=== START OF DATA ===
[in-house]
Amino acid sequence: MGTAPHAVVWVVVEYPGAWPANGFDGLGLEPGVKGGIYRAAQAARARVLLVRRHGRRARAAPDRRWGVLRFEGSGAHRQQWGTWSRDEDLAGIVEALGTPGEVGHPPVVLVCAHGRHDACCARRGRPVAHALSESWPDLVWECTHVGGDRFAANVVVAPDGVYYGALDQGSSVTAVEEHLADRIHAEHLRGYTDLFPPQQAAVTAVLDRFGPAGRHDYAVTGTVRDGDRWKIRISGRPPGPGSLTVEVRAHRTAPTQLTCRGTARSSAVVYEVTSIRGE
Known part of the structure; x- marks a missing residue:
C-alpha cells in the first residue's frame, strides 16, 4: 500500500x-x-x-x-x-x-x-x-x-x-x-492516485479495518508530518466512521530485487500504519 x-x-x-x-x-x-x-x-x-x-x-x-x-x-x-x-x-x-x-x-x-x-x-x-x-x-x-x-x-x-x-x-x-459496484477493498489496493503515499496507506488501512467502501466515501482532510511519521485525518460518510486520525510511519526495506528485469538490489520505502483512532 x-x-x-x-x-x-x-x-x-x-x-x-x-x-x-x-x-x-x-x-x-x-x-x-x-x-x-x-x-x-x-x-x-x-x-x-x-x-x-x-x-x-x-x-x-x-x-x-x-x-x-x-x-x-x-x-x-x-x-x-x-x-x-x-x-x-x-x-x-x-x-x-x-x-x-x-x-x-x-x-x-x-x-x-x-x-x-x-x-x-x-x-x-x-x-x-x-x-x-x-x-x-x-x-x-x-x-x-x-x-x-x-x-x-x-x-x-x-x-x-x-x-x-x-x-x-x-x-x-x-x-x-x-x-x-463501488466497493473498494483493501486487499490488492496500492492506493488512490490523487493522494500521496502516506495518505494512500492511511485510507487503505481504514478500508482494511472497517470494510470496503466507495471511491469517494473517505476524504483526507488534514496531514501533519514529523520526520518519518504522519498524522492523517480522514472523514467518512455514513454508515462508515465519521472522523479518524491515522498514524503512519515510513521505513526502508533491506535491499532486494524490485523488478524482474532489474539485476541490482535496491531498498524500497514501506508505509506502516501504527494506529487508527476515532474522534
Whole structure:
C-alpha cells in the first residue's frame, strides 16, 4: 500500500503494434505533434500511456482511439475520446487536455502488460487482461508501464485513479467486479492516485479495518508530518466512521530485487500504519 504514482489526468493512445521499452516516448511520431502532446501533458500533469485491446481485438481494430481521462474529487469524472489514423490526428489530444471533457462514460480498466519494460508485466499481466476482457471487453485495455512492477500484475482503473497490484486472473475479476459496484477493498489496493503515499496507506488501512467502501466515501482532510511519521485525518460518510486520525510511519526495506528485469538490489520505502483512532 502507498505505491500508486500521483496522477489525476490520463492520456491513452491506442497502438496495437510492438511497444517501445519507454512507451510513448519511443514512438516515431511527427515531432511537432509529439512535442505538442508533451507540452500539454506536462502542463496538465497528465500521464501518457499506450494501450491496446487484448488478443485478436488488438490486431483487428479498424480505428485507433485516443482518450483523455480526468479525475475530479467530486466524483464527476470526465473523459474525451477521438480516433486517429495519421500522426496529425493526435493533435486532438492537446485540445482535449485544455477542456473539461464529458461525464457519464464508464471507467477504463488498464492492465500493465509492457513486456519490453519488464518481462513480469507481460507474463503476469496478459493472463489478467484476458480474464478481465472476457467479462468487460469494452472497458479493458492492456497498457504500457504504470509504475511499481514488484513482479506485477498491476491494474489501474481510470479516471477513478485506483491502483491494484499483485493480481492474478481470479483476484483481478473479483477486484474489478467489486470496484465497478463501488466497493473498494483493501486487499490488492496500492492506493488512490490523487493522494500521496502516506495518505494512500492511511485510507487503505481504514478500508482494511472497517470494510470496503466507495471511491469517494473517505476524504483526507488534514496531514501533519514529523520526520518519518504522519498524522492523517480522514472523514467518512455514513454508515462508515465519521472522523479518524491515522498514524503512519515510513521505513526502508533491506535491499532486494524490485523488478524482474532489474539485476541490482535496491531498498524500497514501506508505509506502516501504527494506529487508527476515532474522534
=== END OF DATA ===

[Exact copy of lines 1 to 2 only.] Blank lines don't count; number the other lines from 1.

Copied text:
[in-house]
Amino acid sequence: MGTAPHAVVWVVVEYPGAWPANGFDGLGLEPGVKGGIYRAAQAARARVLLVRRHGRRARAAPDRRWGVLRFEGSGAHRQQWGTWSRDEDLAGIVEALGTPGEVGHPPVVLVCAHGRHDACCARRGRPVAHALSESWPDLVWECTHVGGDRFAANVVVAPDGVYYGALDQGSSVTAVEEHLADRIHAEHLRGYTDLFPPQQAAVTAVLDRFGPAGRHDYAVTGTVRDGDRWKIRISGRPPGPGSLTVEVRAHRTAPTQLTCRGTARSSAVVYEVTSIRGE